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How do I know if I'm eligible for the Child Dependent Care Tax Credit?

There are a few criteria to be eligible for the Child and Dependent Care Credit:

  • If you have someone take care of your child so you can work or look for work
  • Your child is under the age of 13 at the end of the tax year (no age limit if they are disabled)
  • You must be able to claim your child as a dependent
  • Your filing status must be single, head of household, qualifying widow or widower with a qualifying child, or married filing jointly.

Does preschool tuition count as dependent care?

Yes, it does count if you are paying someone to take care of your child so you can work or look for work. Day camps, such as summer camps and sports camps, count as well, but overnight camps don't.

How much could I potentially get back on taxes for preschool tuition?

If you are able to claim the Child and Dependent Care Credit, you may be able to claim up to $1,050 for one child and up to $2,100 for two or more children.

The great thing about credits is they are a dollar for dollar reduction of your taxes. So if you owe taxes of $1,050 and have one child, you may qualify for a credit of up to $1,050 and wipe out the taxes you owe.

The credit is based on a sliding scale: Depending on your income, your credit is 20%-35% of your childcare expenses up to $3,000 (or $1,050), and 20%-35% of childcare expenses up to $6,000 (or $2,100) for two or more kids.

The bottom line: While this tax credit is unlikely to completely cover your child's preschool tuition for the year, don't miss out on this tax credit if you're paying for preschool or daycare for your child so that you can work. And remember to check your eligibility for other tax credits and deductions for families, including the Child Tax Credit and the Earned Income Credit.
Work + Money

Celestial baby names are flying high right now, and the brightest star of them all? Well, it's actually Luna, the name of the Roman goddess of the moon, and the Latin word for "moon."

At #23 in the US in 2019, Luna's rise has been, well, astronomical ever since it re-entered the Top 1000 in 2003, for the first time in almost a century. That was the year that Harry Potter and the Order of the Phoenix was first published, featuring the kooky but courageous Luna Lovegood.

The once-unique baby name has since been picked up by stylish celebrity parents such as Penelope Cruz, Uma Thurman and John Legend, and now ranks in the Top 100 in at least 18 other countries, including Australia, Chile, Denmark, France, Italy, Norway and Slovenia.

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But if Luna's meteoric rise to the top of the baby name popularity charts puts you off, here are 100 more magical, moon-inspired baby names to consider.

Baby names that mean moon

Girls' names that mean "moon" include a multitude of attractive Turkish names containing the element ay, meaning (you guessed it!) "moon." These range from rising international star Ayla to popular picks like Miray, Belinay and Aysima, which are all in the current Turkish Top 50 for girls.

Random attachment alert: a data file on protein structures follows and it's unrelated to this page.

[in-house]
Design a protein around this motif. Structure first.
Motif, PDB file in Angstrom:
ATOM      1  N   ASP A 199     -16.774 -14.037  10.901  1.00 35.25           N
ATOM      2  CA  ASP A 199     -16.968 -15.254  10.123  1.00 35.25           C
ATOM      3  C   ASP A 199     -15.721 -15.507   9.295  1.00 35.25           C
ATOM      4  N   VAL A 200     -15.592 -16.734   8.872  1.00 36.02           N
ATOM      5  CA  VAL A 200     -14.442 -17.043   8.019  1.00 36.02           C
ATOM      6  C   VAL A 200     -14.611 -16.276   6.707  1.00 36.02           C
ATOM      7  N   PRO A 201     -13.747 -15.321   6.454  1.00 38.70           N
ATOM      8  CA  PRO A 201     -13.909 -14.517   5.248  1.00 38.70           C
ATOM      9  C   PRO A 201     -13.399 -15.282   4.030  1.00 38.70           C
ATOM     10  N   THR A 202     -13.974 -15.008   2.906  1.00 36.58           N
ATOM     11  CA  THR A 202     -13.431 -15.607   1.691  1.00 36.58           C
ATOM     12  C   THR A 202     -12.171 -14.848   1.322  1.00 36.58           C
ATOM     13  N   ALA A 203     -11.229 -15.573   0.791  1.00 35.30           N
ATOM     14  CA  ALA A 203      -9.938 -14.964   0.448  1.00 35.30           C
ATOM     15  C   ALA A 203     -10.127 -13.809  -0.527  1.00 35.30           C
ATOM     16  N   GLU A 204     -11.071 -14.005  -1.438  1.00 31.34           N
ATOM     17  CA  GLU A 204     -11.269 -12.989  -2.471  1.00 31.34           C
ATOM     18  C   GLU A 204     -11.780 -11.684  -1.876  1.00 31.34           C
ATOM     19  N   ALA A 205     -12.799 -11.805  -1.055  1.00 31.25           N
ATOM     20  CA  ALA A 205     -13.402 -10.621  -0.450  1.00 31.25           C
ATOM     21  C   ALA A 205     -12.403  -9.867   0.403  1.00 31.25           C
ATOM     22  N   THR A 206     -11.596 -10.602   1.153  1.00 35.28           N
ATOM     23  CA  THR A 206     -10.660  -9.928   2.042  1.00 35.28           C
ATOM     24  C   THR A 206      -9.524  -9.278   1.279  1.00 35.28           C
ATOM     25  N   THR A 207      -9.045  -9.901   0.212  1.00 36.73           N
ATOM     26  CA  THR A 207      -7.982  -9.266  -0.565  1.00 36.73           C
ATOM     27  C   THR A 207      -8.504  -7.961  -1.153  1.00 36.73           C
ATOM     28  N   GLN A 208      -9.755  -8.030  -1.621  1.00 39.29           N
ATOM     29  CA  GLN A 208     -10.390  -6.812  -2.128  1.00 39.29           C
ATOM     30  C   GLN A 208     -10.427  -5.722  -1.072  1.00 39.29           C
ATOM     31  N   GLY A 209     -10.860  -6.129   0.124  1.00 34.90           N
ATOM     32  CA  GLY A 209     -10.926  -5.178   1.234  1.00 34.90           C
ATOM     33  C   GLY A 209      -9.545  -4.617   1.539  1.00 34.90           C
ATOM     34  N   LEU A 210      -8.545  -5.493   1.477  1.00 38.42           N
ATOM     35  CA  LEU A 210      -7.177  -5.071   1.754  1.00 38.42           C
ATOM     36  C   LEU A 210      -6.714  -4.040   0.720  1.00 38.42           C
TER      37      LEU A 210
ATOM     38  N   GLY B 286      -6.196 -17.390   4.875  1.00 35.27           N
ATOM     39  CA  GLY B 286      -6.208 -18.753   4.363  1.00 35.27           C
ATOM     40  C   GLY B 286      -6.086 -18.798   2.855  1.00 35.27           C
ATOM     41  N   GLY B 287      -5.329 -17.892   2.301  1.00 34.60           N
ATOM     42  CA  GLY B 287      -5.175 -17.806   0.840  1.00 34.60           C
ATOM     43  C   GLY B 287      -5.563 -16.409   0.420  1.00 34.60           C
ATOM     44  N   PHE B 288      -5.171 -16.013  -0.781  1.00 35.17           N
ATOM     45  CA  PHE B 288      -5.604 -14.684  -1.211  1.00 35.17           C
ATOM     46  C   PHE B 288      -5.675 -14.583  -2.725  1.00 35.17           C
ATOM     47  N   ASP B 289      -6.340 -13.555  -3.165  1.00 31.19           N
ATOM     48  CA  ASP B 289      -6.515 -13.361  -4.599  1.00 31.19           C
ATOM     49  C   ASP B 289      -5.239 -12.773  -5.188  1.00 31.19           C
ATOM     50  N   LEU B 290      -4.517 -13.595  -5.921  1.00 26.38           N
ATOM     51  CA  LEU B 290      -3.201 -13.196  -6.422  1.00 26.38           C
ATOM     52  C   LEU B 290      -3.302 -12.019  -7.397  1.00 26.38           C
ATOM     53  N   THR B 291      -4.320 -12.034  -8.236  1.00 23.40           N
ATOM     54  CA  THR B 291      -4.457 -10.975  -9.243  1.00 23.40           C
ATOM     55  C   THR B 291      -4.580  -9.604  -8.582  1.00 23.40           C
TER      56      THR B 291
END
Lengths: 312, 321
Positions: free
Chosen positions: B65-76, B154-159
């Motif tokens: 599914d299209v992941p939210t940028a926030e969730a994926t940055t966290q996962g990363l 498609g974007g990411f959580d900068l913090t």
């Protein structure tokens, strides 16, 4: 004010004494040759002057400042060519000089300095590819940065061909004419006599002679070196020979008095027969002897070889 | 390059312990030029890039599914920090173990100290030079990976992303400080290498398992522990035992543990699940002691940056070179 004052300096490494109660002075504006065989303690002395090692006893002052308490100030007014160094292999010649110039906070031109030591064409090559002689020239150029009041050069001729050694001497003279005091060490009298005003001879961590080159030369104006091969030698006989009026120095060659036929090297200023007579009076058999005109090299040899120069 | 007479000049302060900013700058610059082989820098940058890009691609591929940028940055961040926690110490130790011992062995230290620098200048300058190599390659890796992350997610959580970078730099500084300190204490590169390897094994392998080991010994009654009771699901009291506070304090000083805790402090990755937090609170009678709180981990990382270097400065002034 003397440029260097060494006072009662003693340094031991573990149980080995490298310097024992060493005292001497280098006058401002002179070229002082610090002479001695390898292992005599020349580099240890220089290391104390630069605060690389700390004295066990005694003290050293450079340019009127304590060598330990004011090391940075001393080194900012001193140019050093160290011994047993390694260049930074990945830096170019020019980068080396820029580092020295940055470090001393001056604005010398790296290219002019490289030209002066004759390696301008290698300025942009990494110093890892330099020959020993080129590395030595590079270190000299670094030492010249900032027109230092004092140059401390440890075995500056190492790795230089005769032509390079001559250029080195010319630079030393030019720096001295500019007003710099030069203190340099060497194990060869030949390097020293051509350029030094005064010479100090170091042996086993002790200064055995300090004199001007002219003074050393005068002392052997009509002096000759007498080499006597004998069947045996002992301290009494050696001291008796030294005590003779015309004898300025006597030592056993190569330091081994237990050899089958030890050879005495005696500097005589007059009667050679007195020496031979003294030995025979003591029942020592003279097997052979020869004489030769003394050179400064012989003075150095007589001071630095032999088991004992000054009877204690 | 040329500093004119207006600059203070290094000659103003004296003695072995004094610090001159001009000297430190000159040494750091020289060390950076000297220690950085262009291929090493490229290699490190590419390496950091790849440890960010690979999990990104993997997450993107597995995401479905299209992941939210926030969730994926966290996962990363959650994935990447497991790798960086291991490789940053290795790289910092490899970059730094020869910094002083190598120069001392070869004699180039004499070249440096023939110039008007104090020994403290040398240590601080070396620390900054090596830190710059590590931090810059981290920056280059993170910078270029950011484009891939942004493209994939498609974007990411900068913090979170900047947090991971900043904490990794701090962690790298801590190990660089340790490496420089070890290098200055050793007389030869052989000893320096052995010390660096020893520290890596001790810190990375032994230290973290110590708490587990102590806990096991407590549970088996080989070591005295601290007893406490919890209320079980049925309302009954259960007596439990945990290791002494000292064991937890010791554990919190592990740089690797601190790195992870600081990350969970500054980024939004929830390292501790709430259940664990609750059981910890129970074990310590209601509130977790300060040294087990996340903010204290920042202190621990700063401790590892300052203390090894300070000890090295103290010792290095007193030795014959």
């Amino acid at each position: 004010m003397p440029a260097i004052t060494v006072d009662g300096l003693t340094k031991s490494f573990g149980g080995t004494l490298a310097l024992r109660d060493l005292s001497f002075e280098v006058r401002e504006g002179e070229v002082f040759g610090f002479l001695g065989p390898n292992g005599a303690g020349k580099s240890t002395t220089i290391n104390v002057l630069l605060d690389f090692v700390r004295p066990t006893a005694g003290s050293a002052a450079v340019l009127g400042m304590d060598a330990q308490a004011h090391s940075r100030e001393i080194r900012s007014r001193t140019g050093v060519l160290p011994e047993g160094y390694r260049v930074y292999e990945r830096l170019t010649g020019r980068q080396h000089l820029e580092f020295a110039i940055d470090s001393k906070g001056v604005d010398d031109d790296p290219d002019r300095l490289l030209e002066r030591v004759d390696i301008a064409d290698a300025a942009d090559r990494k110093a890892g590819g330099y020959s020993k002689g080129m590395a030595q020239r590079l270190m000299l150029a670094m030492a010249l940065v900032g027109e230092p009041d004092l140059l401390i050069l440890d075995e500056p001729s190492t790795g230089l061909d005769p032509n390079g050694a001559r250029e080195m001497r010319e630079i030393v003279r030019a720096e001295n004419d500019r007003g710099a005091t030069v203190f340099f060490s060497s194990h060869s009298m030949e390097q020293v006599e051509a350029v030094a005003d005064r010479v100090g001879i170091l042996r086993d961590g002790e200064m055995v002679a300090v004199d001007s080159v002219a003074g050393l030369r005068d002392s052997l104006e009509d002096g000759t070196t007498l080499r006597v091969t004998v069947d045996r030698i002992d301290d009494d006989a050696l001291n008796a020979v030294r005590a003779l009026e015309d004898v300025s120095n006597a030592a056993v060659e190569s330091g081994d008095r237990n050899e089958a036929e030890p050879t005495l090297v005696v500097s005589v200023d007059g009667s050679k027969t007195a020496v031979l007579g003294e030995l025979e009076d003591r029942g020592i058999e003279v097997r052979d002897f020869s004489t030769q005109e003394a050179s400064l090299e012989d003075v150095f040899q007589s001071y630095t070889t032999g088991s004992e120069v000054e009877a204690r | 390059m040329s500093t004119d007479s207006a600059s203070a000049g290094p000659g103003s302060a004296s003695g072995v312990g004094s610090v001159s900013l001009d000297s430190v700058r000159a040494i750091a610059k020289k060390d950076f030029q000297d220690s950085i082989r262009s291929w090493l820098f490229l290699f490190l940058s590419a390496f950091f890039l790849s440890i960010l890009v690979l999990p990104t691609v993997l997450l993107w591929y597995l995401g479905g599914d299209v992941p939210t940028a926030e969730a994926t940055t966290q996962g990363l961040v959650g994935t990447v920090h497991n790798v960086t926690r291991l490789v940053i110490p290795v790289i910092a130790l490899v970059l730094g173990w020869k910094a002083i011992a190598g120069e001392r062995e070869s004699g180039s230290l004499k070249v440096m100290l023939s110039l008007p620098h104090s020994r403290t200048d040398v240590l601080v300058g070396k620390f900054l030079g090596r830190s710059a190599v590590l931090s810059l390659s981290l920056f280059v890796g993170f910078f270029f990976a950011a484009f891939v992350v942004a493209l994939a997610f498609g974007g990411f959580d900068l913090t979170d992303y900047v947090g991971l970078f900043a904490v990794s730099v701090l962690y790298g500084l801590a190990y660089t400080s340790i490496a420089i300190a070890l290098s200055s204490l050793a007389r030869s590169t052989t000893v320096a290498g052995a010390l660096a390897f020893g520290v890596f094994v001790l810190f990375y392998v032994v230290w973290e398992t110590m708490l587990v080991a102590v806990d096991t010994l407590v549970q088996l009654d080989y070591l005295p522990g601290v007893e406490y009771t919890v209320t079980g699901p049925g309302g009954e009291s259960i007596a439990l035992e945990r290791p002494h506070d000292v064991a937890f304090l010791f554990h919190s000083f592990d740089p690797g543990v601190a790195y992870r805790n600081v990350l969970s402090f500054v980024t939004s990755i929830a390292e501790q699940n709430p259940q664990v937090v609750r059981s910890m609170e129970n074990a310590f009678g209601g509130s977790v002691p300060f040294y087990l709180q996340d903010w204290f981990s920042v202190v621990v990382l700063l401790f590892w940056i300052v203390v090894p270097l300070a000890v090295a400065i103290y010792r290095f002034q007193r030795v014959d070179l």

Boy names that mean "moon" include dozens of dynamic Japanese names like Michika, Reito and Tsukio, which can all be formed from different kanji combinations to give various moon-related meanings.

Moon-inspired girl names

  1. Aruna: This pretty Japanese name, which can mean "moon love" (depending on the kanji characters used), is a perfect underused alternative to popular A-sandwich choices like Aria and Aurora.
  2. Esmeray: A beautiful Turkish name with the evocative meaning of "dark moon", which might appeal to lovers of rapid riser Esme.
  3. Lusine: Also spelled Lucine or Lusineh, this sophisticated Armenian choice could make for an unexpected route to Lucy or Lou.
  4. Mahina: A moon goddess in Hawaiian mythology, whose attractive name literally means "moon" in the Hawaiian language.
  5. Sasithorn: This poetic word for the moon is also used as a name in its native Thailand, pronounced "sah-see-TAWN". Sweet short form Sasi also means "moon".

And here are a few more of our favorite lunar names for girls from around the globe:

  1. Adzumi
  2. Aysel
  3. Channary
  4. Hala
  5. Indu
  6. Livana
  7. Lua
  8. Mahrukh
  9. Miray
  10. Neoma
  11. Orana
  12. Quilla
  13. Runa
  14. Saran
  15. Sihana
  16. Tsuki
  17. Vinterny
  18. Volana
  19. Zira
  20. Zulay

Moon-inspired boy names

  1. Ainar: This strong-sounding Kazakh name is actually unisex, meaning "male moon", "fire moon" or "pomegranate moon" (what a great image!).
  2. Isildur: A literary lunar name from J.R.R. Tolkien's legendarium, in which it belongs to a heroic king.
  3. Jerah: A rare Biblical boys' name with a contemporary sound, which could make for a great underused alternative to the likes of Noah and Jeremiah.
  4. Mani: Properly spelled Máni, this energetic mini name belongs to the personification of the moon in Norse mythology.
  5. Vikesh: A strong and striking Hindu name which is fairly common in India, but virtually unknown elsewhere.

And here's a selection of other great moon names for boys from around the globe:

  1. Asaki
  2. Aydemir
  3. Badar
  4. Chanchai
  5. Dal
  6. Ehaan
  7. Hilal
  8. Iyar
  9. Kamer
  10. Koray
  11. Luan
  12. Mahan
  13. Maziar
  14. Naito
  15. Nantu
  16. Qamar
  17. Rakesh
  18. Rua
  19. Zoro
  20. Zunair

Galactic moon names

We recently reported on the rise of planetary baby names, as well as of mythological names relating to the heavens, like Apollo and Zephyr: Greek gods of the sun and the west wind, respectively.

But how about the names of other moons? There are some stellar options out there, mostly drawn from myth, legend and literature—right on trend, but rarely used.

Galactic moon-inspired girl names

  1. Amalthea: A moon of Jupiter, named for the goat (or goat-keeper) who raised the infant Zeus. It would make a lovely longer form for the fashionable mini-name Thea.